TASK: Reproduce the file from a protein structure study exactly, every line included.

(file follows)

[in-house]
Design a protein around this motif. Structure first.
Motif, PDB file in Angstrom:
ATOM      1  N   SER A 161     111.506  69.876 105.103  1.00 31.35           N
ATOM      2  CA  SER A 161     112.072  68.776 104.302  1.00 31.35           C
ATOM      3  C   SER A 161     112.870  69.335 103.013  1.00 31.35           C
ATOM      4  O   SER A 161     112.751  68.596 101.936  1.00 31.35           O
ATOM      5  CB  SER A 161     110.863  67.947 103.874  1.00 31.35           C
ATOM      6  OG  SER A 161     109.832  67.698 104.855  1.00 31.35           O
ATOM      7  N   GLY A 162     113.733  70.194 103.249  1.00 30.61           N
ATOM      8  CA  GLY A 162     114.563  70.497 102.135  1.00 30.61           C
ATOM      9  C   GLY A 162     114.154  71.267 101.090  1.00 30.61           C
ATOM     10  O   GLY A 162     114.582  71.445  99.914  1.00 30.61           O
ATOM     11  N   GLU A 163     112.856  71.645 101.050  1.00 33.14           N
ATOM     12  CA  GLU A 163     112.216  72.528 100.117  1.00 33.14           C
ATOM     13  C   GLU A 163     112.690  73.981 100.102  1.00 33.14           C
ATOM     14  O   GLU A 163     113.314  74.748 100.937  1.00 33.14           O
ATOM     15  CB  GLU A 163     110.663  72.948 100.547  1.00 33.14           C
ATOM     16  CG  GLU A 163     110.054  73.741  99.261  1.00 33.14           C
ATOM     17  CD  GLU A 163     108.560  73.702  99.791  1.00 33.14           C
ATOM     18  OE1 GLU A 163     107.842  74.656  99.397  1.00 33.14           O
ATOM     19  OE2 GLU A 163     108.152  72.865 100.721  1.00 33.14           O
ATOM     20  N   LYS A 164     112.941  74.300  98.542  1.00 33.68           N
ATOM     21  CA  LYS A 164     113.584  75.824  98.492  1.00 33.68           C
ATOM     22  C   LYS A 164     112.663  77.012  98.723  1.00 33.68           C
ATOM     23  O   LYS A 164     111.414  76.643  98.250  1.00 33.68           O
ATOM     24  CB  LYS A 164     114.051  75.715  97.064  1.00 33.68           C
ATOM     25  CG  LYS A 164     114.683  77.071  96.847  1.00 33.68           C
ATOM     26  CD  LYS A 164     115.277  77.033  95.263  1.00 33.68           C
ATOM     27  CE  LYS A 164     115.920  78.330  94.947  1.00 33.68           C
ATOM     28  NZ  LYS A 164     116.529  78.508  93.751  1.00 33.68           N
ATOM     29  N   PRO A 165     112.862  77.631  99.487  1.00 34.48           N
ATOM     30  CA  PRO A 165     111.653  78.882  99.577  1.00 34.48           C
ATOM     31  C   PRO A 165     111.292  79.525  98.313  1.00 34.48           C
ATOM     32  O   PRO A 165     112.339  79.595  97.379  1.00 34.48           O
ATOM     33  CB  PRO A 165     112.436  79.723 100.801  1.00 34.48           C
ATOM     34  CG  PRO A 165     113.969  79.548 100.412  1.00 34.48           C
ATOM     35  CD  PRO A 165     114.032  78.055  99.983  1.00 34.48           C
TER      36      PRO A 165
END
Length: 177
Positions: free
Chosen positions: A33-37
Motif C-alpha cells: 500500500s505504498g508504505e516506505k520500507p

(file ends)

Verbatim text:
[in-house]
Design a protein around this motif. Structure first.
Motif, PDB file in Angstrom:
ATOM      1  N   SER A 161     111.506  69.876 105.103  1.00 31.35           N
ATOM      2  CA  SER A 161     112.072  68.776 104.302  1.00 31.35           C
ATOM      3  C   SER A 161     112.870  69.335 103.013  1.00 31.35           C
ATOM      4  O   SER A 161     112.751  68.596 101.936  1.00 31.35           O
ATOM      5  CB  SER A 161     110.863  67.947 103.874  1.00 31.35           C
ATOM      6  OG  SER A 161     109.832  67.698 104.855  1.00 31.35           O
ATOM      7  N   GLY A 162     113.733  70.194 103.249  1.00 30.61           N
ATOM      8  CA  GLY A 162     114.563  70.497 102.135  1.00 30.61           C
ATOM      9  C   GLY A 162     114.154  71.267 101.090  1.00 30.61           C
ATOM     10  O   GLY A 162     114.582  71.445  99.914  1.00 30.61           O
ATOM     11  N   GLU A 163     112.856  71.645 101.050  1.00 33.14           N
ATOM     12  CA  GLU A 163     112.216  72.528 100.117  1.00 33.14           C
ATOM     13  C   GLU A 163     112.690  73.981 100.102  1.00 33.14           C
ATOM     14  O   GLU A 163     113.314  74.748 100.937  1.00 33.14           O
ATOM     15  CB  GLU A 163     110.663  72.948 100.547  1.00 33.14           C
ATOM     16  CG  GLU A 163     110.054  73.741  99.261  1.00 33.14           C
ATOM     17  CD  GLU A 163     108.560  73.702  99.791  1.00 33.14           C
ATOM     18  OE1 GLU A 163     107.842  74.656  99.397  1.00 33.14           O
ATOM     19  OE2 GLU A 163     108.152  72.865 100.721  1.00 33.14           O
ATOM     20  N   LYS A 164     112.941  74.300  98.542  1.00 33.68           N
ATOM     21  CA  LYS A 164     113.584  75.824  98.492  1.00 33.68           C
ATOM     22  C   LYS A 164     112.663  77.012  98.723  1.00 33.68           C
ATOM     23  O   LYS A 164     111.414  76.643  98.250  1.00 33.68           O
ATOM     24  CB  LYS A 164     114.051  75.715  97.064  1.00 33.68           C
ATOM     25  CG  LYS A 164     114.683  77.071  96.847  1.00 33.68           C
ATOM     26  CD  LYS A 164     115.277  77.033  95.263  1.00 33.68           C
ATOM     27  CE  LYS A 164     115.920  78.330  94.947  1.00 33.68           C
ATOM     28  NZ  LYS A 164     116.529  78.508  93.751  1.00 33.68           N
ATOM     29  N   PRO A 165     112.862  77.631  99.487  1.00 34.48           N
ATOM     30  CA  PRO A 165     111.653  78.882  99.577  1.00 34.48           C
ATOM     31  C   PRO A 165     111.292  79.525  98.313  1.00 34.48           C
ATOM     32  O   PRO A 165     112.339  79.595  97.379  1.00 34.48           O
ATOM     33  CB  PRO A 165     112.436  79.723 100.801  1.00 34.48           C
ATOM     34  CG  PRO A 165     113.969  79.548 100.412  1.00 34.48           C
ATOM     35  CD  PRO A 165     114.032  78.055  99.983  1.00 34.48           C
TER      36      PRO A 165
END
Length: 177
Positions: free
Chosen positions: A33-37
Motif C-alpha cells: 500500500s505504498g508504505e516506505k520500507p